Defending data

Geraldine Osman, VP of International Marketing at Connected Data, lists the four things school leaders can do to ensure data privacy

Today’s pupils are using all kinds of new devices to create digital files, and classwork has stretched beyond the simple notepad or poster board into the ether. If UK schools follow the trends started in consumer IT and picked up by the enterprise, then BYOD (bring your own device) will continue to grow in the education space. 

So, how can schools utilise the advances in technology whilst also protecting their highly sensitive data? Here are the top four things school leaders should do to ensure data privacy:

1. Go Private
As paper file systems are becoming cumbersome and out-dated, cloud storage might seem an attractive option, but if you use a public cloud service your data is never 100% secure. For maximum security school leaders should be opting for a private cloud solution to regain control of school data. 

With a private cloud solution you own the server where your data is stored giving the IT department complete visibility and control over privacy and location. Data is only ever stored on the appliance and only the users you authorise can access it. No other party can access your data or even its associated meta-data. This delivers the highest level of security.

2. Control Location
Are there internal regulations that state where your data should be stored? If so, do you know where your data is stored? If it’s in the public cloud, the chances are that the answer to this is no. 

Public cloud file providers struggle to meet data protection compliance in many countries, as the exact location of data is undefined. Not only does this increase the risk of unauthorised access or information loss, it can breach industry and government regulations. When you store data on devices owned by you then you know where the data resides. This ensures you meet any regulations of data locality. 

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3. Ensure you have the keys
The encryption keys that is. While public cloud providers may employ encryption technology, it’s meaningless if they have access to the private encryption keys. Box, Dropbox and many other public cloud storage companies hold the private encryption keys for your data meaning they can access it at any time. On a private cloud device, your data is not stored in the cloud, the private encryption keys are generated and stored directly onto the appliance. This means the data is directly under your control and nobody else has any access to your files.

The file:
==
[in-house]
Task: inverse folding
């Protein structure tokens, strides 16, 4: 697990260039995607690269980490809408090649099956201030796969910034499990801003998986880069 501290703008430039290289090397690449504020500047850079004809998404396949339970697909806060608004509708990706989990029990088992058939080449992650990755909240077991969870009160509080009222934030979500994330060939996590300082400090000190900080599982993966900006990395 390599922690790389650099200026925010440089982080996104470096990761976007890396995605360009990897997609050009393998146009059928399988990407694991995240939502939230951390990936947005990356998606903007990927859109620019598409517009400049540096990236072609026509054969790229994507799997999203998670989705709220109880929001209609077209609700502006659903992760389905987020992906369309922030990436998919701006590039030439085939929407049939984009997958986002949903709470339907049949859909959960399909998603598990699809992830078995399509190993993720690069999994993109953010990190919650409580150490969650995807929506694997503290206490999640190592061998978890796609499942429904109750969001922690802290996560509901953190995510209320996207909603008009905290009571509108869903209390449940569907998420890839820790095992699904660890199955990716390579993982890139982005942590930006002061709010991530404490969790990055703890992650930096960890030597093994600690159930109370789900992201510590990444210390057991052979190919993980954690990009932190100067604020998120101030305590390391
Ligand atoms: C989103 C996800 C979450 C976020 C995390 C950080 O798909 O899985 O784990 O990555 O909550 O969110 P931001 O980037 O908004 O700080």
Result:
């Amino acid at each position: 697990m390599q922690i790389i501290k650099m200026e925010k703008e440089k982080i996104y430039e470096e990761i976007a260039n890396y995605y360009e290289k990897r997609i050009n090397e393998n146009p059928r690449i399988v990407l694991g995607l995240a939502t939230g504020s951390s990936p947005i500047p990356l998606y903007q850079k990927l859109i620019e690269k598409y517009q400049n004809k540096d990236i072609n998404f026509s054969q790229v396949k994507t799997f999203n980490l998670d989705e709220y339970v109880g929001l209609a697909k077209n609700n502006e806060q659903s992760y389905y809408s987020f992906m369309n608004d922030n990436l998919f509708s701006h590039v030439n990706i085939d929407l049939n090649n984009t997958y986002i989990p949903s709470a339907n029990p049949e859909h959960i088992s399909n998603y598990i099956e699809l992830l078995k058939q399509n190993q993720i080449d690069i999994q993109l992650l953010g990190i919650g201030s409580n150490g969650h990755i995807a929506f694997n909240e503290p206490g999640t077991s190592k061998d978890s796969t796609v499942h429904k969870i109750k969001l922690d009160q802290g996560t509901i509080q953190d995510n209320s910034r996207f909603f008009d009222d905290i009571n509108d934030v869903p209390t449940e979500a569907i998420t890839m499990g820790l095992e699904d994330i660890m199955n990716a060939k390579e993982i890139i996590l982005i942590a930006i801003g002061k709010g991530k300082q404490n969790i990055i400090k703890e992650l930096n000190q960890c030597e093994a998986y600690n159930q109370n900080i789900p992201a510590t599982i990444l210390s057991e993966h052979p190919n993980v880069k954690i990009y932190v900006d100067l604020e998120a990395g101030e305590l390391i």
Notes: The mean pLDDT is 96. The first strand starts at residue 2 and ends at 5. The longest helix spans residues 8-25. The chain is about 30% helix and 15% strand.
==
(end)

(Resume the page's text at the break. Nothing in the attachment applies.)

4. Leverage existing infrastructure
On the administration side, schools increasingly face the challenges of ever-tightening budgets, limited resources and personnel. They need to make legacy IT equipment work within the current technology landscape to ensure both students and faculty have constant access to data. 

Choosing an appliance designed to leverage your existing infrastructure, puts you back in total control of your data. Appliances you own and deploy can be placed in secure locations that you choose giving you 100% control over where your data is stored. Data is automatically synced across devices allowing you to control the level of redundancy to ensure continued operations in any situation. 

Additionally, the convenience of public cloud comes at a price, once you hit the maximum storage allowance, the costs can really add up.

Every year schools and universities are changing. As technology advances so too does our way of working and learning. By remembering to choose a private cloud solution, control data location, keep your encryptions keys and leverage existing infrastructure you can keep data secure and data management in budget. This means that students can work in a way that is collaborative and productive but with security as the top priority; a lesson in data management that is well worth learning.

W: www.connecteddata.com

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